The Minamata Convention
In January 2013 the United Nations Environmental Programme’s Intergovernmental Negotiating Committee in Geneva agreed a legally binding, world-wide treaty aimed at reducing environmental pollution by mercury. The British Dental Association (BDA) welcomed this agreement, which it felt, “achieves a reasonable balance between environmental considerations and the public health benefits of dental amalgam”.
So what are the implications of the Minamata Convention for clinicians in the UK and what considerations should a buyer take into account when purchasing a dental practice?
Due to strong lobbying by the BDA, countries will be able to slowly phase down amalgam use. This will give the dental industry time to develop a suitable replacement for dental filling materials. The UK phase down schedule will be decided at the EU level.
Of the eight measures outlined in Annex A, Part II of the treaty, the one that has the most practical implications for owners of dental practices, is the “discouraging of insurance programmes that favour dental amalgam use, and the encouraging of insurance programmes that favour use of alternatives”. Because alternative materials are more expensive than amalgam, dental practice’s who hold NHS contracts may find that the current fee structure is not profitable if alternative materials are required to be used in order to take advantage of savings on insurance.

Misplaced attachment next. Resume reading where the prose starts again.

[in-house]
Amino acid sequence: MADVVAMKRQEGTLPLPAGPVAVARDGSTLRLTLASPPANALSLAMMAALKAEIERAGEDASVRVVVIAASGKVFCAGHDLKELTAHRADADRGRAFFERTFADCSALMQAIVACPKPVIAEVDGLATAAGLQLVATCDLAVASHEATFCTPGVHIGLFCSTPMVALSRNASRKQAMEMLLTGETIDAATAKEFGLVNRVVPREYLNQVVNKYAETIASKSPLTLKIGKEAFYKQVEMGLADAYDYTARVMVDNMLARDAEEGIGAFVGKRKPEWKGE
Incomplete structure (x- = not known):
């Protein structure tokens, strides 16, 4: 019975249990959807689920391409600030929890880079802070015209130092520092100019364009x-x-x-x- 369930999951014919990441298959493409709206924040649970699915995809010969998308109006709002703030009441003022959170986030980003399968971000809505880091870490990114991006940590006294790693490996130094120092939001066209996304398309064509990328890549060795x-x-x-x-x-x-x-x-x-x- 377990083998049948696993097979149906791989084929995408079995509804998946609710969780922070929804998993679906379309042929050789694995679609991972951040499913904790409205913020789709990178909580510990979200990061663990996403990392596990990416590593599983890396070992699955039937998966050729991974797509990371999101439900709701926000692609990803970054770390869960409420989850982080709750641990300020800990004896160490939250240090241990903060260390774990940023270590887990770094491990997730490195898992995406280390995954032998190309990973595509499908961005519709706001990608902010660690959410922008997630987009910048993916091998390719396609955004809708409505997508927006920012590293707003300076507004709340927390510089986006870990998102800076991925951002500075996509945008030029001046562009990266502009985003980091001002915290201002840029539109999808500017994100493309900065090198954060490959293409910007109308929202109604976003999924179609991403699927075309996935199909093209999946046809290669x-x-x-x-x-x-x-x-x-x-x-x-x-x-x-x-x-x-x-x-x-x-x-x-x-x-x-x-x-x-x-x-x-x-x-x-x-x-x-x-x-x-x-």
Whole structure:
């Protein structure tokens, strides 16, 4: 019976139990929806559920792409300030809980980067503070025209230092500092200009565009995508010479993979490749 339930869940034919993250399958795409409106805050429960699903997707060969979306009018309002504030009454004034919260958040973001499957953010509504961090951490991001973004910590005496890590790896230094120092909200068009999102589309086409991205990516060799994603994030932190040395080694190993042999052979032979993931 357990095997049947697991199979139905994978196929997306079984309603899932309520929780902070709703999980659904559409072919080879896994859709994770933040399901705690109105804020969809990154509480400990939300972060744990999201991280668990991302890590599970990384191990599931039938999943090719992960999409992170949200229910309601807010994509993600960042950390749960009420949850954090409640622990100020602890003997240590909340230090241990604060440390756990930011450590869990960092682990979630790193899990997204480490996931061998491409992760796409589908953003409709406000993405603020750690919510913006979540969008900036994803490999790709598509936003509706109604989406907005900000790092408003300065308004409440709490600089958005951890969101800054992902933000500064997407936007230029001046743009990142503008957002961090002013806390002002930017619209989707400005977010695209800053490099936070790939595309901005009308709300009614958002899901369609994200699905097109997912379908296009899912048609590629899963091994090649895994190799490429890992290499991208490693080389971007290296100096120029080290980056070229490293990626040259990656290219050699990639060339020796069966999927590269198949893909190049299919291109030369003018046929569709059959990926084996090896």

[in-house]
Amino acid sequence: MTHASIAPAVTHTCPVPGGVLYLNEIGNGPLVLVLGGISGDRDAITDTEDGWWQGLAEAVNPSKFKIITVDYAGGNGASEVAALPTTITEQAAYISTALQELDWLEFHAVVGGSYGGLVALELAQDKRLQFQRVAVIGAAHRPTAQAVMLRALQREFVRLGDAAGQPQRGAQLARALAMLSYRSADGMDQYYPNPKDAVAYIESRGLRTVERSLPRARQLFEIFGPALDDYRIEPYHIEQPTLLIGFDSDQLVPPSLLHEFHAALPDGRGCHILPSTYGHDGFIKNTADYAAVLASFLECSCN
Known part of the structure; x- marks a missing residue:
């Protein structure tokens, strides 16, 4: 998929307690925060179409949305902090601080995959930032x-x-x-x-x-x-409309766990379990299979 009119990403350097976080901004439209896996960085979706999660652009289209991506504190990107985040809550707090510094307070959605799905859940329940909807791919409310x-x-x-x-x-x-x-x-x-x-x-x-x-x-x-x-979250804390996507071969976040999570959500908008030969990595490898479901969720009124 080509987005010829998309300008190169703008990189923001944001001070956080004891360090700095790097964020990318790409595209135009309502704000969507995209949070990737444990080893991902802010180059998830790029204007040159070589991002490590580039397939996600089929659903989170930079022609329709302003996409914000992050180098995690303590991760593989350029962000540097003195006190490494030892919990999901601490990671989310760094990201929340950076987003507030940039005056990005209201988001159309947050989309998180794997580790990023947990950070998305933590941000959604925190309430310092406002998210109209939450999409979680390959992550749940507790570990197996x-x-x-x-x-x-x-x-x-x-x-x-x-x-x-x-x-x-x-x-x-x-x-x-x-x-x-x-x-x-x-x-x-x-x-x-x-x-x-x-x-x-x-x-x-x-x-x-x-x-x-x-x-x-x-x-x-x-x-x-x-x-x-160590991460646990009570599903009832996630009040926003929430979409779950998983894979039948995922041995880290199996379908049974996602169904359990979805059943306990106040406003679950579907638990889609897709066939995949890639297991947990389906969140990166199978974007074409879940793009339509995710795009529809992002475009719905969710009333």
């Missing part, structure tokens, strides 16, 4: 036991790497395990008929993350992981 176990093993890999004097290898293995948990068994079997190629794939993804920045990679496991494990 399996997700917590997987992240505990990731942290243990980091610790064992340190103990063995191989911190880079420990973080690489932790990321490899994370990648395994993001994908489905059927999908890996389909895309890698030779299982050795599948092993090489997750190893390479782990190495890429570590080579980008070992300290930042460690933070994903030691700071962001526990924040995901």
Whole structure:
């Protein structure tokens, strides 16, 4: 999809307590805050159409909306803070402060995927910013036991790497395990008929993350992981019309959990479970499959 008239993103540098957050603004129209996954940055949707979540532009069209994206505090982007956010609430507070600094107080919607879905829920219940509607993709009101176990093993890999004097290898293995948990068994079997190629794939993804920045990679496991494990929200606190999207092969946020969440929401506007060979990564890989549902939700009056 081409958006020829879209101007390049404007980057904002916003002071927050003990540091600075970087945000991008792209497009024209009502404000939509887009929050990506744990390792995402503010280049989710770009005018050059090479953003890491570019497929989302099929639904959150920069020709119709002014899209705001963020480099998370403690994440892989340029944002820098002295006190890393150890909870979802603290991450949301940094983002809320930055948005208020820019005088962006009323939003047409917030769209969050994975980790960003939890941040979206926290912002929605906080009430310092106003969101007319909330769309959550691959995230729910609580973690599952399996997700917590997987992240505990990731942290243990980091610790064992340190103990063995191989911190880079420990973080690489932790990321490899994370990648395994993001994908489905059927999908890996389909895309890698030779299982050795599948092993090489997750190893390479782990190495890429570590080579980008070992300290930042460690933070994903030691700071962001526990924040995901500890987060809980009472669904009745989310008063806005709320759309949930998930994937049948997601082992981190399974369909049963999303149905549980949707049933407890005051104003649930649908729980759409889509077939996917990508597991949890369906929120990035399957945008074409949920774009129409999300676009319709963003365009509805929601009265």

The phase-down schedule is yet to be set, however, it is worth bearing the implications of the Minimata Convention and securing cost-effective insurance when purchasing a practice with a GDS contract in place.
The national and international legislative changes which have affected the dental industry require the buyer of a dental practice to conduct thorough due diligence and ensure that they have taken into account how these developments will affect the profitability of their proposed new business venture.
Due to the complexities of some of these issues it is vital that you obtain legal advice from commercial solicitors experienced in the sale and purchase of dental practices. If you are exploring the idea of purchasing a dental practice or have found the perfect practice already, please call us on 020 3588 3500. We can offer sound, solid, experienced-based advice on these issues and ensure that your interests are protected so your new venture gets off to the best possible start.
To find out more about the legalities of purchasing a dental practice please click here.